“Multinationals and Anti-Sweatshop Activism,” A. Harrison and J. Scorse (2010)

In the mid-1990s, activists took aim at the low pay of sweatshop footwear and apparel producers for companies like Nike, many of which were located in Indonesia. Luckily, Indonesia requires firms to fill out an annual survey reporting wages, worker characteristics (education level, sex, etc.) and profits. Harrison and Scorse carefully consider, using difference-in-differences, whether activism raised worker wages, and further whether they decreased employment among exporting firms over the period 1990-1996. They find that export-oriented firms increased wages quicker, despite no major change in the characteristics (sex, experience, education, etc.) of their workers, and further than total employment did not fall among these firms. These results held particularly for low-paid unskilled workers, not for managers. Therefore, it appears that activism can positively affect third world wages by either reducing profits/skilled wages or by some sort of Card/Kreuger efficiency wage argument.

Despite the care of the work, I am skeptical. First, though employment does not fall by 1996, that’s a very short time horizon. By 2000, and certainly by 2010, there is a massive decline in export-oriented footwear and apparel production in Indonesia (much of which heads to places like Vietnam and Bangladesh with lower quality-adjusted wages). Second, the fact that export oriented apparel production wages rise from 1990 to 1996 while other wages do not, even if the authors note that there is no such divergence in the 1980s before sweatshop activism, can be implied by any number of other reasons; principally, other competitors for labor supply in SE Asia saw massive income gains from 1990-1996, often greater than that of Indonesia, and increasing wage and employment numbers in Indonesia may simply reflect a shift of apparel production to Indonesia from those countries. That is, wages may have risen for supply reasons that have nothing to do with activism. In general, issues like these two tend to be very hard to parse, hence my preference for natural experiments rather than straightforward regressions, even if the data is as good as it happens to be in this Indonesia example.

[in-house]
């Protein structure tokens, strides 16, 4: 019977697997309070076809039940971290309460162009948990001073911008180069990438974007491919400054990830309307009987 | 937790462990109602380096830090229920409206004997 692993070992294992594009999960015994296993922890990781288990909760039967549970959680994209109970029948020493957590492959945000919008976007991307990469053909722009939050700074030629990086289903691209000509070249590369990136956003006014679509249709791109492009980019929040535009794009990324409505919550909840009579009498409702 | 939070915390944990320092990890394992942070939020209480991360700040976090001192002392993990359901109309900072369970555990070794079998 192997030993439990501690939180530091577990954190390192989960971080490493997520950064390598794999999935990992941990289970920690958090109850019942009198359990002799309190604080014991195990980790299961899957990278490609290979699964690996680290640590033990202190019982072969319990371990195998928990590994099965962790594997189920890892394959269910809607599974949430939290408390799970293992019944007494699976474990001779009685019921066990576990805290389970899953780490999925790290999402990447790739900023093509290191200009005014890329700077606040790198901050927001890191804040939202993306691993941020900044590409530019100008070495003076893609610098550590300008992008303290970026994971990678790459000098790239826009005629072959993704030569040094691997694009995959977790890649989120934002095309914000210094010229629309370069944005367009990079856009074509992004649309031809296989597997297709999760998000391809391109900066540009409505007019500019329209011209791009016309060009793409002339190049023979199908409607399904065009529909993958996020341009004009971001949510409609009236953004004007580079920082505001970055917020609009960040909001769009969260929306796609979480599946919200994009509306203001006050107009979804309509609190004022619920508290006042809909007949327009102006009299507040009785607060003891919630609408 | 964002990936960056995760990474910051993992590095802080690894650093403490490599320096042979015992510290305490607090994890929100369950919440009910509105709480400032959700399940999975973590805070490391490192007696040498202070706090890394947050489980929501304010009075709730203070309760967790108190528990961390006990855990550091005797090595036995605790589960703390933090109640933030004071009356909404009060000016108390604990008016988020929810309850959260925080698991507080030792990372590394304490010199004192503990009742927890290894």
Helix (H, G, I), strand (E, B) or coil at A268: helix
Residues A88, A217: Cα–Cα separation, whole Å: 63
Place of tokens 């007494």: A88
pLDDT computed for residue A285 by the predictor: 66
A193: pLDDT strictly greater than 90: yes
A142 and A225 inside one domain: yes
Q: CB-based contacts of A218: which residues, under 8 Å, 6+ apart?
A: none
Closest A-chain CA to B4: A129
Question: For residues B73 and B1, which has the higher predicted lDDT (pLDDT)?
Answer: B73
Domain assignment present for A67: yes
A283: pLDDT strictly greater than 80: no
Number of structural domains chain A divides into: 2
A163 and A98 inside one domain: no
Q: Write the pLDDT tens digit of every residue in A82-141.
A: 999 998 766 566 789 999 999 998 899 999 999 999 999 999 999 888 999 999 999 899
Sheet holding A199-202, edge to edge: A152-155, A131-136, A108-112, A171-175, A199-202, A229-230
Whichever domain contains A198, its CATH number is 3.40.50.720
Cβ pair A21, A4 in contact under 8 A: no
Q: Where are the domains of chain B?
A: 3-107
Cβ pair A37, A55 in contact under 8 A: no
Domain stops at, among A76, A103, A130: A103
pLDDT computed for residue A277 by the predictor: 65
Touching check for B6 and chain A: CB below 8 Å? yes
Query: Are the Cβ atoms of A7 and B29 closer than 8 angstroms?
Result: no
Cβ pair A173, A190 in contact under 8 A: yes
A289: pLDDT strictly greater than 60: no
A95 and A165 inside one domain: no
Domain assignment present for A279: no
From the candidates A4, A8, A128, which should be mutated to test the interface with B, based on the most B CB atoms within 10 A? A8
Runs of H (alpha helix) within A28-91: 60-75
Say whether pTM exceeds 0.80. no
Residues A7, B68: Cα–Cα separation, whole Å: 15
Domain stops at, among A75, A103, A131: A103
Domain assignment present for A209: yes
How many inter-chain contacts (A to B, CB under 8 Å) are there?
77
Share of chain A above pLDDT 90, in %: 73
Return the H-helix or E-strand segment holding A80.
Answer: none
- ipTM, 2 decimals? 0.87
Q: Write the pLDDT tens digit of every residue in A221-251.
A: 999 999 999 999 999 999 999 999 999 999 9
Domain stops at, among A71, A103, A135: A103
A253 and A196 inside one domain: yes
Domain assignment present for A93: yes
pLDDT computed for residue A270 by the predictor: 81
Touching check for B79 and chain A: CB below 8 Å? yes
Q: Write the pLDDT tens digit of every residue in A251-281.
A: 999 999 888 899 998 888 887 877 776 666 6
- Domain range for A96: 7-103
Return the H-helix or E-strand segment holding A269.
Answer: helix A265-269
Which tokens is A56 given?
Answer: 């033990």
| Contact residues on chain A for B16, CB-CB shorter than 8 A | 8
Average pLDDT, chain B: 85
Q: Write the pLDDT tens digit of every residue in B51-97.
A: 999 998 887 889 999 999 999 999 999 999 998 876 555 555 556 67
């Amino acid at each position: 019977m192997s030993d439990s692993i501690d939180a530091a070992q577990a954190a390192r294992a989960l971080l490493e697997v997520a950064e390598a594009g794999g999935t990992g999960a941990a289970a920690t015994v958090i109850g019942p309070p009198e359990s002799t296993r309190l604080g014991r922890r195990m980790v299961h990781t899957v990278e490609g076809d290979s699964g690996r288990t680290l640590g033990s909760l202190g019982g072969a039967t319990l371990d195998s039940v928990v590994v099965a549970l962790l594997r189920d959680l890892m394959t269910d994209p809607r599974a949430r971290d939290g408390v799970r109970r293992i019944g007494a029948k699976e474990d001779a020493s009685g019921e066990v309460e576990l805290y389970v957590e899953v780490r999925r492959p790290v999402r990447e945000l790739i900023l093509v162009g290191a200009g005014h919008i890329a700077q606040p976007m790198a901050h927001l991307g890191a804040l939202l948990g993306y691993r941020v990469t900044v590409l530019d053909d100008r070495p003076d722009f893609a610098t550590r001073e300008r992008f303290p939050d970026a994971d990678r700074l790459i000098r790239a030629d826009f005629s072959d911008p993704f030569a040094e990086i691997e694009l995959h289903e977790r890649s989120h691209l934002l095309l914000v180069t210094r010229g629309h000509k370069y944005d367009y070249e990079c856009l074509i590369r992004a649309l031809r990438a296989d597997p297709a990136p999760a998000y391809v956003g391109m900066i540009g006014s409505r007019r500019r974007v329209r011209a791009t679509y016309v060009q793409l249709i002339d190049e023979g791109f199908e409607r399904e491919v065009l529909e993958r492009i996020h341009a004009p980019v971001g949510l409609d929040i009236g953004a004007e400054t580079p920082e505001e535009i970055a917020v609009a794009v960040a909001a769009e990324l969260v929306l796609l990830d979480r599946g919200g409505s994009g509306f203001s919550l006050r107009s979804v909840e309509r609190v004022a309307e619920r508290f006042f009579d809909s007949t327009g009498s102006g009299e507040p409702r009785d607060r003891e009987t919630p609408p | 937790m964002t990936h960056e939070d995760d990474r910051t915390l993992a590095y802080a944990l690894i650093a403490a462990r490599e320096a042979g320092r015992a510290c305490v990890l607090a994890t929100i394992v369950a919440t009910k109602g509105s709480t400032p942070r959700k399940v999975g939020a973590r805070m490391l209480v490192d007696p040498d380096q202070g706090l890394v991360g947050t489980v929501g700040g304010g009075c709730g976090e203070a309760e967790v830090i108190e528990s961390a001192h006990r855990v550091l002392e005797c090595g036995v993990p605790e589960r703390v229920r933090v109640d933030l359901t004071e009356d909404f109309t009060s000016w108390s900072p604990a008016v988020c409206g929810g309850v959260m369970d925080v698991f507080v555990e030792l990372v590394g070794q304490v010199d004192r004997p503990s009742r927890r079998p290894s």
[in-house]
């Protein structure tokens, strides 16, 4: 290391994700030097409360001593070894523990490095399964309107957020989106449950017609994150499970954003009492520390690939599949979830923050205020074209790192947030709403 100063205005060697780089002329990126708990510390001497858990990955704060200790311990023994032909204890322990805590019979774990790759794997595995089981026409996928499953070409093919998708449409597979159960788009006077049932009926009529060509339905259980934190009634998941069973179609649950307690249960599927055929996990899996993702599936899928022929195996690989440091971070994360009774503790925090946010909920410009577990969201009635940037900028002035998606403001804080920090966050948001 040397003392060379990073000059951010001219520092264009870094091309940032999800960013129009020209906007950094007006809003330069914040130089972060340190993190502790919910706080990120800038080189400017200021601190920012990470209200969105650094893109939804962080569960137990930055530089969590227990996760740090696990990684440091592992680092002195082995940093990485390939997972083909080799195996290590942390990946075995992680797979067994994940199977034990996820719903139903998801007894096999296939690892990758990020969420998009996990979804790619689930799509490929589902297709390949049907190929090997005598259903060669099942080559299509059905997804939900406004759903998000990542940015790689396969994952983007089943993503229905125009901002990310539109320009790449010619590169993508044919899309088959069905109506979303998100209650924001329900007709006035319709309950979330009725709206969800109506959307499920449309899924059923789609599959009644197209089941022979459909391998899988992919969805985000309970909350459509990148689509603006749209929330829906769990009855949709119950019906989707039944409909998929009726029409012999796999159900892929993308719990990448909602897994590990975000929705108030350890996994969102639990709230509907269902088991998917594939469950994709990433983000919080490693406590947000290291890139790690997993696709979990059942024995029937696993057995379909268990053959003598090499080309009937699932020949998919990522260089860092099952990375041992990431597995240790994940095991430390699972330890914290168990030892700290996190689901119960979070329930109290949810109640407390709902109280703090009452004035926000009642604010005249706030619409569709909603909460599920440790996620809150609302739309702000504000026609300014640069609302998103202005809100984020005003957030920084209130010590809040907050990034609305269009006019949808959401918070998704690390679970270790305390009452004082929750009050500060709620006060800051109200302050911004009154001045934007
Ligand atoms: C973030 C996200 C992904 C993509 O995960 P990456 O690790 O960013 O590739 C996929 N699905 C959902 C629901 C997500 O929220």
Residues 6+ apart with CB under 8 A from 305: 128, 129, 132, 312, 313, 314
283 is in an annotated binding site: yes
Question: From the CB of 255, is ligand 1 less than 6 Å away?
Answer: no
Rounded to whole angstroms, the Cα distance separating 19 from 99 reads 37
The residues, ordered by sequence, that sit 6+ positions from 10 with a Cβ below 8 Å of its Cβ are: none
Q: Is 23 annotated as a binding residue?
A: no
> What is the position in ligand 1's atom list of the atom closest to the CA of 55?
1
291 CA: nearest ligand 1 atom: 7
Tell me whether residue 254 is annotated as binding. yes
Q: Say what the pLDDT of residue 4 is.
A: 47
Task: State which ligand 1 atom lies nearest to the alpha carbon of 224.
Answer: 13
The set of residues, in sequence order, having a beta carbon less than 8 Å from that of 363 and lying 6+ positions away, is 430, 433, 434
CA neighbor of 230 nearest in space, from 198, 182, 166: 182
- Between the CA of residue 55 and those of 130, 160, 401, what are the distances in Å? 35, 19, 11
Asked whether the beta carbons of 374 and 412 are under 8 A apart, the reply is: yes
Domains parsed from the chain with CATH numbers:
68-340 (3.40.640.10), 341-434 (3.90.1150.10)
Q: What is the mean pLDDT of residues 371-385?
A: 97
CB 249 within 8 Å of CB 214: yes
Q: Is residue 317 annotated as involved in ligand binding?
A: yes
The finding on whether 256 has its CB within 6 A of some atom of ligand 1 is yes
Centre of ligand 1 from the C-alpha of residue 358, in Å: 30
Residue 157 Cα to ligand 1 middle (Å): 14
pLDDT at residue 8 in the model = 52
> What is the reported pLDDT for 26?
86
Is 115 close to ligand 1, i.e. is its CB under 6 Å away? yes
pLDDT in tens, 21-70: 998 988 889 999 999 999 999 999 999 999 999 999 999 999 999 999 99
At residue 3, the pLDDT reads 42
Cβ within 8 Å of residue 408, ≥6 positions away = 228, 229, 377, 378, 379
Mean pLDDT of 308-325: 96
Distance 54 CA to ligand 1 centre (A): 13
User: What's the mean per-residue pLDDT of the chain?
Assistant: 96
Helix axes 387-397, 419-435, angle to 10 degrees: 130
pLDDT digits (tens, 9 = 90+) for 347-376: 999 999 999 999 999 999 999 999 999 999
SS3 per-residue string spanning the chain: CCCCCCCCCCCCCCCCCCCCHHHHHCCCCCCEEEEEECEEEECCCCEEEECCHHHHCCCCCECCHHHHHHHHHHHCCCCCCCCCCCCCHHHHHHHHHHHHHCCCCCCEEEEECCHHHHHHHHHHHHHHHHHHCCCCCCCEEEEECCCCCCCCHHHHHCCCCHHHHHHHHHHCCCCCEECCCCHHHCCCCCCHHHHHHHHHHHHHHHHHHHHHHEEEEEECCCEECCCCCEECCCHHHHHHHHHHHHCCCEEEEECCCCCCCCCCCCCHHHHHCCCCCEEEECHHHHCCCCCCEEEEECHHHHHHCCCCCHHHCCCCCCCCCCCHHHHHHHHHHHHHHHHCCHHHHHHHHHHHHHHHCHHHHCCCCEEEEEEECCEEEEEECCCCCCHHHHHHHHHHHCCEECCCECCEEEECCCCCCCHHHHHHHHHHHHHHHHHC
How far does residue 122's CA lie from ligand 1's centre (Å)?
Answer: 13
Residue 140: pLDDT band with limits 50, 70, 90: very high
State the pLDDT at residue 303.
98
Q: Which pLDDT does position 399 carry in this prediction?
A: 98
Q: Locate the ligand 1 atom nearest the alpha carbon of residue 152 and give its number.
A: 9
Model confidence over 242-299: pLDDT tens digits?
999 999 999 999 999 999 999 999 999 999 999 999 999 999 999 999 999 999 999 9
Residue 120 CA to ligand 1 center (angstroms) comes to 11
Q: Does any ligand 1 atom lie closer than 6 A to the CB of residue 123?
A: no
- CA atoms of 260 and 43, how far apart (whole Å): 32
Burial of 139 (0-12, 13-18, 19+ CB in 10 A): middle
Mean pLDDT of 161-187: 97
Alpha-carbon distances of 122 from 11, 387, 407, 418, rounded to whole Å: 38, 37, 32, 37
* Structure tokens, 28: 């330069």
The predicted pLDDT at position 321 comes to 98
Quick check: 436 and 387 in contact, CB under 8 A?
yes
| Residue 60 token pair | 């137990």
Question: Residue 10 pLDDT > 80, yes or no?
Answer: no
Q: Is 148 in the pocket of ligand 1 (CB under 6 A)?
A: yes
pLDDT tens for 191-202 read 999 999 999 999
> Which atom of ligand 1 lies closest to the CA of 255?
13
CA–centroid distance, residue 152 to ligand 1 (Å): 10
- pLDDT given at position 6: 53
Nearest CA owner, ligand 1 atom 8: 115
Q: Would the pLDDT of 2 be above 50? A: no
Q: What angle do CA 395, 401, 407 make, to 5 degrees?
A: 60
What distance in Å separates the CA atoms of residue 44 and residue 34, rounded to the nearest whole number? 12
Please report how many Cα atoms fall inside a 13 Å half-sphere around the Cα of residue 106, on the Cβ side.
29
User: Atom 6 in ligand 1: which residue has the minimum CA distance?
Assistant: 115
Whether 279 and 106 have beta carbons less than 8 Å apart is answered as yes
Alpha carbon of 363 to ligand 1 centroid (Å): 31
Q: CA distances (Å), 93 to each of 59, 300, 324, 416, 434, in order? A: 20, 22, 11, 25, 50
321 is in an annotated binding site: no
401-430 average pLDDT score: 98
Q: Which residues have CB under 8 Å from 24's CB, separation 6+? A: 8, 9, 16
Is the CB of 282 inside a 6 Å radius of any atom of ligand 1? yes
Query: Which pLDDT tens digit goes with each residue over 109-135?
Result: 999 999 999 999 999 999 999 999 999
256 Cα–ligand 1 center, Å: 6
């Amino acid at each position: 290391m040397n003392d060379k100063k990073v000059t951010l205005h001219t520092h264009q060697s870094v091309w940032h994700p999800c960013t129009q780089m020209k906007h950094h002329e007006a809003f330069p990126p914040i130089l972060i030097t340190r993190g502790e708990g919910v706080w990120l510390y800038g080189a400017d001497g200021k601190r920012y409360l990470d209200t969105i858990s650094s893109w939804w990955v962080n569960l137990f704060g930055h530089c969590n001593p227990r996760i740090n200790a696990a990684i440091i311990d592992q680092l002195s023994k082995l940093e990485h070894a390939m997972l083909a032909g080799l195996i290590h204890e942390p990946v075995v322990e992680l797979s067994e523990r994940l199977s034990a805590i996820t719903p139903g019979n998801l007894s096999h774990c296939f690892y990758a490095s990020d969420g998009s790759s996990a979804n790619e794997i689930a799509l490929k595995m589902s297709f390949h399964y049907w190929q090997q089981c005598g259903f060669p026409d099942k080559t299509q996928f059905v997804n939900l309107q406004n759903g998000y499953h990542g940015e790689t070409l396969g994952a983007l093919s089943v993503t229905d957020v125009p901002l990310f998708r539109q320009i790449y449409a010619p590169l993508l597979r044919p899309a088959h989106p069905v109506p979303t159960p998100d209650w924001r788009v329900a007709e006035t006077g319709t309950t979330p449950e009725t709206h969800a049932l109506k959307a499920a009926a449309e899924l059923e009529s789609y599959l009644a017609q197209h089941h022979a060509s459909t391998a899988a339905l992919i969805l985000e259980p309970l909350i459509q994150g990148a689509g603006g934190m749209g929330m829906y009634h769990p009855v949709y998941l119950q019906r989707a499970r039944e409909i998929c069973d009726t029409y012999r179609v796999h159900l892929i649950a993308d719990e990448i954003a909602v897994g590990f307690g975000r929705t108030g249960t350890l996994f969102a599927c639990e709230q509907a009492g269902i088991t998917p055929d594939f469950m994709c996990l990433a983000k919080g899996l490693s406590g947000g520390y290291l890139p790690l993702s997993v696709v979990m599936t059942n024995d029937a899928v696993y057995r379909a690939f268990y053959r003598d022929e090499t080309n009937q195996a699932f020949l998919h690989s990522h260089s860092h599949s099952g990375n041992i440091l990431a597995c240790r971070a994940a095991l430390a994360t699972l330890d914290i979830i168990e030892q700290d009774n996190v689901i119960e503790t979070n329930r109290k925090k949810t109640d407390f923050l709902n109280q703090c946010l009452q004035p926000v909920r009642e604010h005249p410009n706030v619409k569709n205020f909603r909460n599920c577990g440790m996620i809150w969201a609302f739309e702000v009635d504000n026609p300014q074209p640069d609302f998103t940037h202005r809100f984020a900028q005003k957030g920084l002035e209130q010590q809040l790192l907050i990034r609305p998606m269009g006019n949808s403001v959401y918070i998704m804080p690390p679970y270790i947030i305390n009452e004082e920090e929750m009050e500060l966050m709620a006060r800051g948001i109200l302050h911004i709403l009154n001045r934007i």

http://are.berkeley.edu/~harrison/Activism201.pdf (Link to final WP – final version in AER 2010.1)

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